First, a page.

God made man and man in course of time made religions as so many vehicles for his uplift according to the prevailing conditions of the people. While riding in these vehicles, our prime need is to raise our moral and spiritual stature to such an extent as to come nearer to God and this, it may be noted, is not merely a possibility but as sure a mathematical certainty as two and two make four, with of course proper gui­dance and help from some adept well versed not only in theory but also in the prac­tice of the science of soul.

It is not a province of mere philosophers or theologians or the intellectual great. I take just two instances to illustrate my point. God, according to all scriptures, is des­cribed as the Father of lights, Nooran-ala-noor, Sway am jyoti swamp, all of which are nothing but synonymous terms. But ask any religious authority as to the conno­tation of these words and he would say that these are only figurative terms without any inner significance. Why? Because he has not actually experienced in person His Light, uncreated and immortal, self-effulgent and shadow less, which Moses, Zoro­aster, Buddha, Christ, Mohammed, Nanak, Kabir and others of their kind actually witnessed and realized, and taught those who came in contact with them to do like­wise.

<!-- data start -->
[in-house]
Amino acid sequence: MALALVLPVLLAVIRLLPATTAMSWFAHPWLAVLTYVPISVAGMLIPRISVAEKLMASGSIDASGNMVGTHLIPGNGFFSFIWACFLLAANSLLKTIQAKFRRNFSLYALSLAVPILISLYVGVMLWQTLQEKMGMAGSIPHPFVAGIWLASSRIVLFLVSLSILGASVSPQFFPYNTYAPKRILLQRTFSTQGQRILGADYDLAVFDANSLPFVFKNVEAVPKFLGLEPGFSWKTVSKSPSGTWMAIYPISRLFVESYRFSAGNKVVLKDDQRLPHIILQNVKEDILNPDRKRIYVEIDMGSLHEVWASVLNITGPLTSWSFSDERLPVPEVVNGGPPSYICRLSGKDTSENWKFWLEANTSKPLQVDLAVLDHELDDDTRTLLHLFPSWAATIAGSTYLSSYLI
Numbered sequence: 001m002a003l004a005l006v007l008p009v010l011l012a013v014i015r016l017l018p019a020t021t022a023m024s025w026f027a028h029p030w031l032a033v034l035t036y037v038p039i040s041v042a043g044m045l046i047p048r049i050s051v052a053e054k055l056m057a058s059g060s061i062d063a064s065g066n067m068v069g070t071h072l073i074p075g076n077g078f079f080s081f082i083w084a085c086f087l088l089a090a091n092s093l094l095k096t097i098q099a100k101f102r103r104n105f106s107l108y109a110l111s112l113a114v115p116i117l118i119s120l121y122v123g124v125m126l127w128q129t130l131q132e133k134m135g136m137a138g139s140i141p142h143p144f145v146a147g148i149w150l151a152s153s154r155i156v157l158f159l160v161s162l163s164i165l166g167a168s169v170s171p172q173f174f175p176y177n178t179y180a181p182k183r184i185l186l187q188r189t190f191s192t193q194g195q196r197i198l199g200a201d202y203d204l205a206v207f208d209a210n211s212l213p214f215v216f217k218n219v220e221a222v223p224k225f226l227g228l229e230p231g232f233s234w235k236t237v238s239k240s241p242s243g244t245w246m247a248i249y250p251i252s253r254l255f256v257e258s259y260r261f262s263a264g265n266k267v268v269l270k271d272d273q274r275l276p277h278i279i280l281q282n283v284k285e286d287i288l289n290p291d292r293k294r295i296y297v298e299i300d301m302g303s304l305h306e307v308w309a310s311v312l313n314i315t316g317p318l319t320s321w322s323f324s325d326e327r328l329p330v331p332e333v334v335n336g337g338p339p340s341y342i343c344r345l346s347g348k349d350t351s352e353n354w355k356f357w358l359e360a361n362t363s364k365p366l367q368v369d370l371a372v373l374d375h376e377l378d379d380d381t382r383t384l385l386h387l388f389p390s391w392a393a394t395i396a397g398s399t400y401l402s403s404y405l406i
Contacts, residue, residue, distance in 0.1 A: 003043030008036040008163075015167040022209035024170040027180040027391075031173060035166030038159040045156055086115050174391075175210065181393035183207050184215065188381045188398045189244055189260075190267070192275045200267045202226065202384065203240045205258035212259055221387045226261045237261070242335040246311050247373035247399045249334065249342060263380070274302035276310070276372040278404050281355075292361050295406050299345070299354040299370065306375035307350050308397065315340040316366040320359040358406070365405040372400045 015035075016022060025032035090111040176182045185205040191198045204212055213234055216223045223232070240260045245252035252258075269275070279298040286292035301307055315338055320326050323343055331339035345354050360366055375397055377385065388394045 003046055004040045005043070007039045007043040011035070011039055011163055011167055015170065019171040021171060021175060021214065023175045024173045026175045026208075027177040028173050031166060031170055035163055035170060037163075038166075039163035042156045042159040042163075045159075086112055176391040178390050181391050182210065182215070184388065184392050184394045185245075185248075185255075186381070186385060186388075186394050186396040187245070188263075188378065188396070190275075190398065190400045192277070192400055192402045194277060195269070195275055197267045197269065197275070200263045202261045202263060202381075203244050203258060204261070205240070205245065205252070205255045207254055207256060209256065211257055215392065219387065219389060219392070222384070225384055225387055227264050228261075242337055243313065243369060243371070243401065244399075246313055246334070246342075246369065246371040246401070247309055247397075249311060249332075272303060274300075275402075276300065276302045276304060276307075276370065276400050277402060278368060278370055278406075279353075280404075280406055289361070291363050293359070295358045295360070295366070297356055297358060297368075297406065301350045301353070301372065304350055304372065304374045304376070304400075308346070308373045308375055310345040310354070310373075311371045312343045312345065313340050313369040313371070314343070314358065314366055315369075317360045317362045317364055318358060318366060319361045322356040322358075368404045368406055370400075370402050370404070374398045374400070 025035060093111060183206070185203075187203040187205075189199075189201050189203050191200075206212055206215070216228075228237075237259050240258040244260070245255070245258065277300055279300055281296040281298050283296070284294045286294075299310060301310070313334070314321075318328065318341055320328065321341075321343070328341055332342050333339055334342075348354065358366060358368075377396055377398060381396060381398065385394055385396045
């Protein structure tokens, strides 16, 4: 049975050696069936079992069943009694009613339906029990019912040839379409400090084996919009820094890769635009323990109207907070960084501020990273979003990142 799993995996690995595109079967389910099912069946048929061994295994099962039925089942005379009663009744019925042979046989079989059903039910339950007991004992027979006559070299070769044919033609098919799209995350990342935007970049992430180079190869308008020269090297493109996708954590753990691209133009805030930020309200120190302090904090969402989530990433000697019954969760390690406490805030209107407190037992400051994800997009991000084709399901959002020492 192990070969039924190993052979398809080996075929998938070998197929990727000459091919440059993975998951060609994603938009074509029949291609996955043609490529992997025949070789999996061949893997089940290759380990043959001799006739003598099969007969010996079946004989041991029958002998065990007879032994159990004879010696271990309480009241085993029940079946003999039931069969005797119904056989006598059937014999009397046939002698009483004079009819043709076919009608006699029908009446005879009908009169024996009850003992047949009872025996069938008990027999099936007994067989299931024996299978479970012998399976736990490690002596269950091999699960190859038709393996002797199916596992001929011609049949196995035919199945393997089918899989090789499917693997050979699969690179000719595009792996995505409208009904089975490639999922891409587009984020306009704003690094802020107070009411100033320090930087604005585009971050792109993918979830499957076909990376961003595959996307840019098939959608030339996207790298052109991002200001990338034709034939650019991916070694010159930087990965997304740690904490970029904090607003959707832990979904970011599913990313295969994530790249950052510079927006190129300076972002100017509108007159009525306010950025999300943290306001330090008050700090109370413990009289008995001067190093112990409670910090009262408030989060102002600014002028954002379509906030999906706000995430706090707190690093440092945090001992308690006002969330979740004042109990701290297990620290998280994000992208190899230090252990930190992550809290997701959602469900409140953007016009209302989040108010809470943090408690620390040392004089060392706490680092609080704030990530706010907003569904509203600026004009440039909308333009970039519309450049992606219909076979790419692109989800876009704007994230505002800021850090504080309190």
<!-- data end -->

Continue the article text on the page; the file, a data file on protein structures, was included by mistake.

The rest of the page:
Again, like the practice of lightning candles, symbolic of the inner light, there is another practice in churches and temples of ringing the bell or bells and giving of "Azaan" by "Mouzan" which has a much deeper inner significance than is realized and surprisingly enough is taken to be just a call to the faithful for prayer. Herein lies the great hiatus between learning and wisdom, which are at poles as under, for this too is symbolic of the music of soul, the audible life stream, the music of the spheres, the actual life principle pulsating in all the creation.